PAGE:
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2014 Bordeaux Barrel Tasting

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James Molesworth is tasting barrel samples in Bordeaux to get a first glimpse of the 2014 vintage, likely the best the region has seen since 2010. Follow along with his tasting notes and daily blogs

March and Bordeaux have a strong connection. It’s at this time of year that France’s largest and arguably most prominent wine region unveils its newest wines during a period called en primeur. It’s the first time the wines from the most recent vintage—in this case 2014—are officially unveiled to the public. Négociants, press, retail and restaurant buyers, consumers and more come through the region en masse to taste the wines. And the Bordelais are optimistic about 2014: Yields remain down, but quality may be the best since the classic-rated 2010 vintage, with a strong performance by Cabernet Sauvignon on the Left Bank.

Yet the wines are still unfinished, sitting in barrel. The samples shown are generally the final blend of the wine, though maybe a tweak here or there might still be made. They also still have another six months or more to go before they will be bottled. Some folks complain that it’s too early to show or taste the wines and that there’s little that can be gleaned from tasting barrel samples. So why do the châteaus show the wines now? And why do I come here to taste them at this early stage?

Because the wines are about to be offered for sale, first to the trade and then to you, the consumer, as futures, for delivery once they are bottled. So if the Bordelais want to show the wines and sell them, it’s my job to report on their prospects. I’ve tasted wine from many regions, including from barrel, during my 18 years at Wine Spectator. It’s a job where experience plays a big role, as does a bit of humility—it’s important for everyone to keep in mind that it’s very early in the game.

In recent years, Bordeaux’s connection with March has been just as the expression goes: coming in like a lion but going out like a lamb. That’s because there’s initially an enormous amount of buzz generated when the world’s wine press arrives and all the châteaus talk up their wares. But as 2011, 2012 and 2013 were vintages of less-than-stellar quality, the en primeur campaigns fizzled, often dragging out into the early summer months with little demand from the trade or consumers. But even the great 2009 and 2010 vintages have so far failed to appreciate in value.

So, if it’s so early, then why buy now? Because as a consumer, the initial price offered by the château (with subsequent markups through the négociant system and eventually to retail) will likely represent the best price you’ll see if the vintage proves to be outstanding. Additional releases, or tranches, typically increase in price. By the time bottled wines reach retail shelves, the cost could be much higher, and the top wines could be harder to find. Should the vintage turn out to be stellar, those purchasing wine for investment might win in the long run by securing quantities of wine at the earlier pricing.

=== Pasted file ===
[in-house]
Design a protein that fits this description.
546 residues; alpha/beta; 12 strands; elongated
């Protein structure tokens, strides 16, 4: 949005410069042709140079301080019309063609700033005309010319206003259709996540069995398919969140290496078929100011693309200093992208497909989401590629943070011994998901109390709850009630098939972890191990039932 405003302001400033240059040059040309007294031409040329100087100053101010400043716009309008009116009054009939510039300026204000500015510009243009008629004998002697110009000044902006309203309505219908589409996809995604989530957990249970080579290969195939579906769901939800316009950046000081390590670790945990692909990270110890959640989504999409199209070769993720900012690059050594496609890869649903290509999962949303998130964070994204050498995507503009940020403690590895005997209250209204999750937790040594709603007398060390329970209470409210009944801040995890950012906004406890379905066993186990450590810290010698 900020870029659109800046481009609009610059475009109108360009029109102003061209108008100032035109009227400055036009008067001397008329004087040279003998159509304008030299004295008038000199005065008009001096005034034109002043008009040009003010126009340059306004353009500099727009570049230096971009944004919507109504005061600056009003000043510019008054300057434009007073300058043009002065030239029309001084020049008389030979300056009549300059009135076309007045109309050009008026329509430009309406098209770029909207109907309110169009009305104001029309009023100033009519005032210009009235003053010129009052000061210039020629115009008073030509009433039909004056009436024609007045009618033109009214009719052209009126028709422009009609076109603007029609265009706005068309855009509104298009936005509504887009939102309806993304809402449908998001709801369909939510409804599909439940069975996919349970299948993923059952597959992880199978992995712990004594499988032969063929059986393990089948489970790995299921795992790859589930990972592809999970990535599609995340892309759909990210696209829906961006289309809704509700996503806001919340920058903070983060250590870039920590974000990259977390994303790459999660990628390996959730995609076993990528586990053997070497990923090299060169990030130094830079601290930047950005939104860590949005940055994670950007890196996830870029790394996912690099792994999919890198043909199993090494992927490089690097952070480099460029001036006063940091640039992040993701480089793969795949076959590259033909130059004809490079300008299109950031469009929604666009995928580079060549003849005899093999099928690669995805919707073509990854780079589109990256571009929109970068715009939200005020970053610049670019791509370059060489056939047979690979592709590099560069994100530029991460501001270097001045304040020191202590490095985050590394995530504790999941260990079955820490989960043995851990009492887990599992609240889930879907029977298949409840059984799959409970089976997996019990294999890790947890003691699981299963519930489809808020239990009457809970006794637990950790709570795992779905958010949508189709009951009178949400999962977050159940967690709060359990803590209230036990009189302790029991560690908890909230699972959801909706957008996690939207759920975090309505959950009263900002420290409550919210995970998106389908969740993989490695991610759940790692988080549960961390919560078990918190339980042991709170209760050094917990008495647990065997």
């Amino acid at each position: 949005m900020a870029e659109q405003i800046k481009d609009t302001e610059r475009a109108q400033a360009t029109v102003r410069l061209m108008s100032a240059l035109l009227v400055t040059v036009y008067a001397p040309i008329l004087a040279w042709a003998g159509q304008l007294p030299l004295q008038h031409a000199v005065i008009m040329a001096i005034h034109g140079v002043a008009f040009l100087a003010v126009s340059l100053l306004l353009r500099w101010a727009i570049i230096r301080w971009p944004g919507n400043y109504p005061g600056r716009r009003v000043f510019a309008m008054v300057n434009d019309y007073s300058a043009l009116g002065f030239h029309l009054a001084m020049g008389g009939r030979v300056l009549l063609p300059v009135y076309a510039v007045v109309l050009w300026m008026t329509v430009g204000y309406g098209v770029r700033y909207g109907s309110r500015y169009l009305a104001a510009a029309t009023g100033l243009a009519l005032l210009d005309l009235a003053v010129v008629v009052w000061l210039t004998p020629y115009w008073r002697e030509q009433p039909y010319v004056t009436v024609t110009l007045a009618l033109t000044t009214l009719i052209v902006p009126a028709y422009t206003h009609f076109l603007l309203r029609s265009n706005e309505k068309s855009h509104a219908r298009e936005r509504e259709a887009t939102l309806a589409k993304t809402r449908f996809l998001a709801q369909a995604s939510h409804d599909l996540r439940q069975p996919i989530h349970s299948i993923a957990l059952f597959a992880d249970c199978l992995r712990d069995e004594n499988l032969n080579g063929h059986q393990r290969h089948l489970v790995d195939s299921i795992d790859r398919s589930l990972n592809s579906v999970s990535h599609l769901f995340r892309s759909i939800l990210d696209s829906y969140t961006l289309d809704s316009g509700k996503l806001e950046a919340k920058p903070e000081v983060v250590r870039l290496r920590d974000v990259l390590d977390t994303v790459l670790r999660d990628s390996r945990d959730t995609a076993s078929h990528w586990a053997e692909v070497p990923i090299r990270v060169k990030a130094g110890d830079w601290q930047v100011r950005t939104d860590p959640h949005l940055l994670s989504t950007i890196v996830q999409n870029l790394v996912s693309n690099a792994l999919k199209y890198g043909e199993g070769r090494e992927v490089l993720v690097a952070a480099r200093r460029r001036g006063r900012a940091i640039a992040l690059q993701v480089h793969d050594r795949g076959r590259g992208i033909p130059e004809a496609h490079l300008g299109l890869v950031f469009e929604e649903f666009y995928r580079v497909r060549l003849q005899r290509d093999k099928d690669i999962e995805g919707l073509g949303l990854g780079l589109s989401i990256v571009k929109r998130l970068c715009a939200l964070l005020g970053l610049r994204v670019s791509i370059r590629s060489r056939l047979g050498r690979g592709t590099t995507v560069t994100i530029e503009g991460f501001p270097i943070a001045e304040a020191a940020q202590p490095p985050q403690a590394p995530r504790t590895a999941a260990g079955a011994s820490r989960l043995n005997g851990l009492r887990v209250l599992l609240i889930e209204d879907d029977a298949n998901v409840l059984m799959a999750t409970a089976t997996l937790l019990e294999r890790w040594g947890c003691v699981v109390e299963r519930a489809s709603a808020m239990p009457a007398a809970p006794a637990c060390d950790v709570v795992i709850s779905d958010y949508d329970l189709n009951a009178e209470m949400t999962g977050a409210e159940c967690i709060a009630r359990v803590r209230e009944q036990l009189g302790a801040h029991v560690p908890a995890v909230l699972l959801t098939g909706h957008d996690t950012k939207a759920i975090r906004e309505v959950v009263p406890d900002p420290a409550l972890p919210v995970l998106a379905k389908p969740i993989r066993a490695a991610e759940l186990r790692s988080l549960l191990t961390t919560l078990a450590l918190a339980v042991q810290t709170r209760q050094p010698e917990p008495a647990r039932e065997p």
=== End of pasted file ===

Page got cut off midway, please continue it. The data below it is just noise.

On the other hand, if it doesn’t turn out to be an excellent vintage, then prices likely won’t appreciate, and there may be no need to rush.

Still, perhaps you buy the wines of a favorite château year in and year out, or maybe you want to lock in quantities of a certain sleeper château that hits a home run. Whatever the buying tactic, everyone should exercise caution when buying Bordeaux futures.

This time around, 2014 provides Bordeaux with an inflection point. The 2014 Bordeaux vintage is by all accounts solid, and likely better than any of the past three vintages. But it won’t match 2009 or 2010. Quantity is also slightly down, and that follows a trend of decreasing crops from 2011 through 2013. So, is there enough demand combined with decreased quantity for Bordeaux to see an energetic en primeur campaign? Or could the château owners get overzealous and price themselves out of a good campaign?

I’d expect a little bit of both. The U.S. economy is surging and the dollar is now nearly on par with the euro. In addition, the backlash and Bordeaux hating in the U.S. market caused by the exorbitant prices for 2009 and 2010 has waned. Bordeaux is becoming hip again. The Asian markets are slumbering and the Bordelais are coming back to the U.S.

But are they coming back to make amends for forsaking their best market when times were good? Are they going to price their wines fairly in order to move the inventory quickly? Can they see the potential momentum they could create if 2014 turns out to be a solid vintage and the wines are smartly priced? Do they want their wines back on restaurant wine lists and to become a relevant category for the thirty-something crowd? There’s a lot of ego in Bordeaux and sometimes that gets in the way of smart pricing and a long-term view.

Keep in mind that my en primeur tastings are an introduction to the vintage, focusing on wines both widely available and popular in the U.S. market and highlighting sleepers and values, but this report is not a comprehensive overview of the vintage.

March 18, 2015

James Molesworth

Wine Spectator

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